Journal of Current Emergency Medicine Reports


Time Delay in The Emergency Management of ST-Segment Elevation Myocardial Infarction in A Tertiary Care Hospital in New Delhi, India: A Prospective Study

Anita Rawat1, Surjeet Acharya2*ORCID ID and Kishalay Datta3

1Senior Consultant, Emergency Medicine, Max Super Speciality Hospital, Shalimar Bagh, Delhi

2Post Graduate trainee, Emergency Medicine, Max Superspeciality Hospital, Shalimar Bagh, Delhi

3Director and HOD, Emergency Medicine, Max Super Speciality Hospital, Shalimar Bagh, Delhi

*Corresponding Author: Acharya S, Post Graduate trainee, Emergency Medicine, Max Superspeciality Hospital, Shalimar Bagh, Delhi. E-mail:

Citation: Rawat A, Acharya S, Datta K. Time Delay in The Emergency Management of St Segment Elevation Mi in A Tertiary Care Hospital in New Delhi, India: A Prospective Study. Journal of Current Emergency Medicine Reports. 2022;2(1):1-3.


Copyright: © 2022 Acharya S, et al. This is an open-access article distributed under the terms of the Creative Commons Attribution License, which permits unrestricted use, distribution, and reproduction in any medium, provided the original author and source are credited.

Received On: 19th January,2022     Accepted On: 8th April,2022    Published On: 18th April,2022


Time delay in STEMI works as an indicator for performance assessment and marker of quality of care. The door to balloon time (D2BT) works as an in-hospital performance manager. There is a minimum time delay in moving of patients from the ER (Emergency room) to the Cath lab (catheterisation lab) in the tertiary care hospital within-hospital cardiology team. But we sometimes face time delays and, in this study, we will look at the causes of the time delays and will try to find solutions to them over a period of 10 months.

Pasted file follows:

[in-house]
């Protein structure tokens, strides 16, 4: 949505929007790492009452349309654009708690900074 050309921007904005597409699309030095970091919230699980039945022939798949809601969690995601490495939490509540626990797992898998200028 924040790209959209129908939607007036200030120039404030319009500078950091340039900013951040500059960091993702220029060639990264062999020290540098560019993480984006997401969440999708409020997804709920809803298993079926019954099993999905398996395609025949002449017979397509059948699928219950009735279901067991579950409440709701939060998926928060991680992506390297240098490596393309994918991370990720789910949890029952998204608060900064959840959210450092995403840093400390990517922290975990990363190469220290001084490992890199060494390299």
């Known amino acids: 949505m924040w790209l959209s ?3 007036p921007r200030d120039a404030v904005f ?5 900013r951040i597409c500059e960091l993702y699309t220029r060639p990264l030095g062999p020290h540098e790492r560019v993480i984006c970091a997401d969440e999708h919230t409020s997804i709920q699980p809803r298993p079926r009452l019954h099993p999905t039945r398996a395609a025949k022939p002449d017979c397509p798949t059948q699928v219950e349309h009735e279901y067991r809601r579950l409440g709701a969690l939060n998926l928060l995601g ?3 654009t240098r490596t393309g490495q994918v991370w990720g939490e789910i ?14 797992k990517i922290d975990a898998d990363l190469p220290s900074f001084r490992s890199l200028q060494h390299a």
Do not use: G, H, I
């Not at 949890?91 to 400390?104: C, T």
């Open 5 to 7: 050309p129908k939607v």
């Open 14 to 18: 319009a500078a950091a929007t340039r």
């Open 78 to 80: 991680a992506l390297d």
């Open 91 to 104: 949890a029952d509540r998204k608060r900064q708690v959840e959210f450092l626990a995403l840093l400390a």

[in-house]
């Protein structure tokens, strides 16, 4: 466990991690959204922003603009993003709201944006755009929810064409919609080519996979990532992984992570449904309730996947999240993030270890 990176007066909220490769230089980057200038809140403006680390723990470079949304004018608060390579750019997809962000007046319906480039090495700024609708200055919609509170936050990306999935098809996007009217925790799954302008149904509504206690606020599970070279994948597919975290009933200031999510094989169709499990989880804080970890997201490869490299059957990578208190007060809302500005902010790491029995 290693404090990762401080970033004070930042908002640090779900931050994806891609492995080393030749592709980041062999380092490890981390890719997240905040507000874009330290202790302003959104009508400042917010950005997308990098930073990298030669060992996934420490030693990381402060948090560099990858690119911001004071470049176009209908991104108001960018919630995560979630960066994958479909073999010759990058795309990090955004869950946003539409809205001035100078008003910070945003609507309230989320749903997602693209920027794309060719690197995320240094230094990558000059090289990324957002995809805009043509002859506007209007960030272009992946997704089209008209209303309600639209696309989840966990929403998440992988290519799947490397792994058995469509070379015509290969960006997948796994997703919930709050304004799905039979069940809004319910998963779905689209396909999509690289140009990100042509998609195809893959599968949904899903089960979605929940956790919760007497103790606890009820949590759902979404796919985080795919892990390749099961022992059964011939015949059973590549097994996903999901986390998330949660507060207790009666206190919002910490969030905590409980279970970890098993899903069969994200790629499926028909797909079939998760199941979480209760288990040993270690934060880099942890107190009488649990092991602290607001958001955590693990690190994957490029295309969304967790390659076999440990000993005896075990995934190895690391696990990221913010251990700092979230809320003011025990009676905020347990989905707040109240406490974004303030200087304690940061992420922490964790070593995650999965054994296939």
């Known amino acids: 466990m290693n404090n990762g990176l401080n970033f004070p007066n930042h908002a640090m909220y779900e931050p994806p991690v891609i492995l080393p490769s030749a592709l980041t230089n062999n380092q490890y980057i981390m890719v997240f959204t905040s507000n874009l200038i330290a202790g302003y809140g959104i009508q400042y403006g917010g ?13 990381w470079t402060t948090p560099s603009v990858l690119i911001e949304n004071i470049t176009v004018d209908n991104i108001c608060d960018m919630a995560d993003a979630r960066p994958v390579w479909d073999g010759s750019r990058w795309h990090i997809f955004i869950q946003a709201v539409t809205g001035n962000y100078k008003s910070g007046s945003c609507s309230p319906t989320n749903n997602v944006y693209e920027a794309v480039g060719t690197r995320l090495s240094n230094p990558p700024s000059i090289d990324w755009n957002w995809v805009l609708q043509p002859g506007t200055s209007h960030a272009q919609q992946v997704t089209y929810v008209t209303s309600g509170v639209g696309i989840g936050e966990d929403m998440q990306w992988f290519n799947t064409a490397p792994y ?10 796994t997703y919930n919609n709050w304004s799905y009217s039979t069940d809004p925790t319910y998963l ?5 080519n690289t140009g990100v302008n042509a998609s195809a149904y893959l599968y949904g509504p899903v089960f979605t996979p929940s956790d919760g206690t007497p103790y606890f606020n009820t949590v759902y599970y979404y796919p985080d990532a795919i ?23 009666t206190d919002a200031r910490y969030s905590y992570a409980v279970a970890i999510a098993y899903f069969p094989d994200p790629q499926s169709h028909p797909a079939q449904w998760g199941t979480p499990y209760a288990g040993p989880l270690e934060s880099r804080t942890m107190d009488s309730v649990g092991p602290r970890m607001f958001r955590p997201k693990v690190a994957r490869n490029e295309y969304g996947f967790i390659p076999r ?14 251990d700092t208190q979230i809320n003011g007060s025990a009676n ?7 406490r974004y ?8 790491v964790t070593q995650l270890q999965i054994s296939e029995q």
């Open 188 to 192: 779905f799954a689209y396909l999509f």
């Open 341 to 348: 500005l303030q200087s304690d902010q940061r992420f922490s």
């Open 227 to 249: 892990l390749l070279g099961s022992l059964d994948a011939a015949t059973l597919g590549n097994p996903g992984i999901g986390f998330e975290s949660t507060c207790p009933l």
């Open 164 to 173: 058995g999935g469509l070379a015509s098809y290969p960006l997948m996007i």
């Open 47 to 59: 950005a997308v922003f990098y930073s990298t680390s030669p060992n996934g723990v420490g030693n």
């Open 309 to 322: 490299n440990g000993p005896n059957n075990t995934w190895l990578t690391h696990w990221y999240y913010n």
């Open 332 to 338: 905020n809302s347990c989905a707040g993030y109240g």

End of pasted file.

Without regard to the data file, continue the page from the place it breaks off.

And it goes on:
Keywords: ST segment elevation Myocardial infarction (STEMI), coronary artery disease, catheterisation, thrombolytics, door to balloon time


STEMI stands for ST elevation Myocardial infarction. Probably, the early treatment of ischaemia of the heart is the most important step in interventional cardiology. Performing immediate angiography in patients with acute coronary syndrome (ACS), specifically with ST elevation in the 12-lead ECG (STEMI), followed by percutaneous coronary intervention (PCI) to restart the blood flow in blocked coronary arteries has proven to save lives [1, 2, 3]. There is no universal definition for (FMC) first medical contact, as in Figure 1 [4].  Thus, by improving the logistics around all these procedures, better outcomes can be accomplished in all STEMI patients. This involves many steps ranging from ambulance services, prehospital triage and treatment strategies, dedicated cardiac units, skilled paramedic personnel’s and many other additional measures. Also, nowadays it is well recognised that an experienced team handling myocardial ischemic patients performs better [5, 6]. The door to the balloon time in a STEMI patient is 90 minutes as per the American Heart Association (AHA) criteria.